Nearest Tube: Leicester Square
|Robert Sidney, the 2nd Earl of Leicester, first laid out this square in the1670s hence the name. At first only houses were permitted on the square, but by the end of the 17th century shops were starting to encroach on the area.|
For many years this square was a very exclusive part of London and it was the residence of many aristocrats and professionals. Some of the square's more famous past residents include the artists Joshua Reynolds and William Hogarth.
By the late 18th and early 19th centuries the private houses had been superseded by shops, hotels and museums. And by the mid 19th century the square was also becoming famous for its theatres, a connection which continues to this day.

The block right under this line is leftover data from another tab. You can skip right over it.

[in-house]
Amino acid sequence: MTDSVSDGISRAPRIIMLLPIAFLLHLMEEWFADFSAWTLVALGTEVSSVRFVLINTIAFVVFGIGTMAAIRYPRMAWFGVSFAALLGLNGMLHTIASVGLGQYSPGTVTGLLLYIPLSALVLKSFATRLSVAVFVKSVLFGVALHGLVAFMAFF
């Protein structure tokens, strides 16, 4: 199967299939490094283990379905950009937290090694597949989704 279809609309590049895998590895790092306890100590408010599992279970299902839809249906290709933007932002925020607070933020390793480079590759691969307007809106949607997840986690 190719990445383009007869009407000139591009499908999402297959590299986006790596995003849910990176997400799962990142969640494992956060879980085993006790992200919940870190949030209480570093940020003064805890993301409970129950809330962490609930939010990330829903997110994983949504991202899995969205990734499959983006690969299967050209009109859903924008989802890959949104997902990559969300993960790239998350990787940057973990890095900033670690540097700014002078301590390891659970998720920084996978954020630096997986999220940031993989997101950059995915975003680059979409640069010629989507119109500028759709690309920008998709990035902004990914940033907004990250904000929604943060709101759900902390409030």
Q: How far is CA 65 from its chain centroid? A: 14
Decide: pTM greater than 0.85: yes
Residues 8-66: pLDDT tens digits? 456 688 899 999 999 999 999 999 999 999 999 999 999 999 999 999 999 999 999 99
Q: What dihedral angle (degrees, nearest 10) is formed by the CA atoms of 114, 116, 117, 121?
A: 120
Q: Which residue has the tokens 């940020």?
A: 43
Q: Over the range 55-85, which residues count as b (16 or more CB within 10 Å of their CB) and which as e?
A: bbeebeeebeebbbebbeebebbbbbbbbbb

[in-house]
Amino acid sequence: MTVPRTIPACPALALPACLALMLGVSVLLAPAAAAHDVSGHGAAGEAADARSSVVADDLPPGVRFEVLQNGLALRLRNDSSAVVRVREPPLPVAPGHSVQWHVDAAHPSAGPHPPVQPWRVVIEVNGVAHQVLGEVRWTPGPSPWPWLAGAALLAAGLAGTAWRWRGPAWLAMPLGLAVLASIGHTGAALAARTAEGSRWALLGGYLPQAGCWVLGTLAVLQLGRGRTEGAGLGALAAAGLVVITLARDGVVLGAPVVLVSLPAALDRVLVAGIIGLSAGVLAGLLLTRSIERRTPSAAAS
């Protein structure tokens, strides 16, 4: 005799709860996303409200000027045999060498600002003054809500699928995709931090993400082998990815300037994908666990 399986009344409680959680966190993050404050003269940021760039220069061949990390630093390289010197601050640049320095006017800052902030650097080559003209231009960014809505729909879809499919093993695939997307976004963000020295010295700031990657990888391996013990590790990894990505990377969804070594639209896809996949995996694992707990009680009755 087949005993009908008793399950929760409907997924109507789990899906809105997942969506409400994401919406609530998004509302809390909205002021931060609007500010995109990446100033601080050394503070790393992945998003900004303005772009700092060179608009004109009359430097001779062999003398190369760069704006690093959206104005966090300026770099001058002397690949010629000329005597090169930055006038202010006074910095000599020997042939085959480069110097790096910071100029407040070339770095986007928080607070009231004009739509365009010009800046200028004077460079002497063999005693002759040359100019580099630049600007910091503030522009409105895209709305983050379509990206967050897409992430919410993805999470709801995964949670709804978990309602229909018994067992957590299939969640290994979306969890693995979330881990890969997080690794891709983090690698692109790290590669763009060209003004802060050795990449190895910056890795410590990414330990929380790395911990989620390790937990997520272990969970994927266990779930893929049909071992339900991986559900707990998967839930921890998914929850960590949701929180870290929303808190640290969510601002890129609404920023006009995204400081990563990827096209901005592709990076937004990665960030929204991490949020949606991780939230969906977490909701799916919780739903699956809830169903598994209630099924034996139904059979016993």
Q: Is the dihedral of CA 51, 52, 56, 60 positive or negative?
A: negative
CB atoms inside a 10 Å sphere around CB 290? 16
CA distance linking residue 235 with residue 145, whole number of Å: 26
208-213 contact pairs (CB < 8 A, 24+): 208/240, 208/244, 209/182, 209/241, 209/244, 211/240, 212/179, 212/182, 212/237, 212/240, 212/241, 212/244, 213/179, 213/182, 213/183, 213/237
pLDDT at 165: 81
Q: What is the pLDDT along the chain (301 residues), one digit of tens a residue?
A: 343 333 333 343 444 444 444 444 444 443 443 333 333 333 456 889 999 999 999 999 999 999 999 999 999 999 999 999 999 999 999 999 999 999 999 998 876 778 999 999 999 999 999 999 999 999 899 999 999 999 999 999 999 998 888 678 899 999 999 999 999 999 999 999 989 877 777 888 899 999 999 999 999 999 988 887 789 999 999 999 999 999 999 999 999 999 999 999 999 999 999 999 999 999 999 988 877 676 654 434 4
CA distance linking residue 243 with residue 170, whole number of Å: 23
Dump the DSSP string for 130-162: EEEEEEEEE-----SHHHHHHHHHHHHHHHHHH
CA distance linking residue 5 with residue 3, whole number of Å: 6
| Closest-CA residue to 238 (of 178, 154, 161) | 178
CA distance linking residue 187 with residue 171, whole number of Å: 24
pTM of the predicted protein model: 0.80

During this century the square had gone somewhat downhill and by the late 1980s the whole area had an unsavoury reputation. But in 1993 Westminster Council initiated a big clean-up campaign and the square has once again become one of the most popular night-spots in the city.
The film association of the square is continued with a statue of Charlie Chaplin. Other statues in the square include William Shakespeare and busts of Isaac Newton, William Hogarth, Joshua Reynolds and John Hunter.
Alongside Piccadilly Circus, Leicester Square is one of London's most popular meeting places so you can expect it to always be busy. Friday and Saturday nights draw huge crowds.
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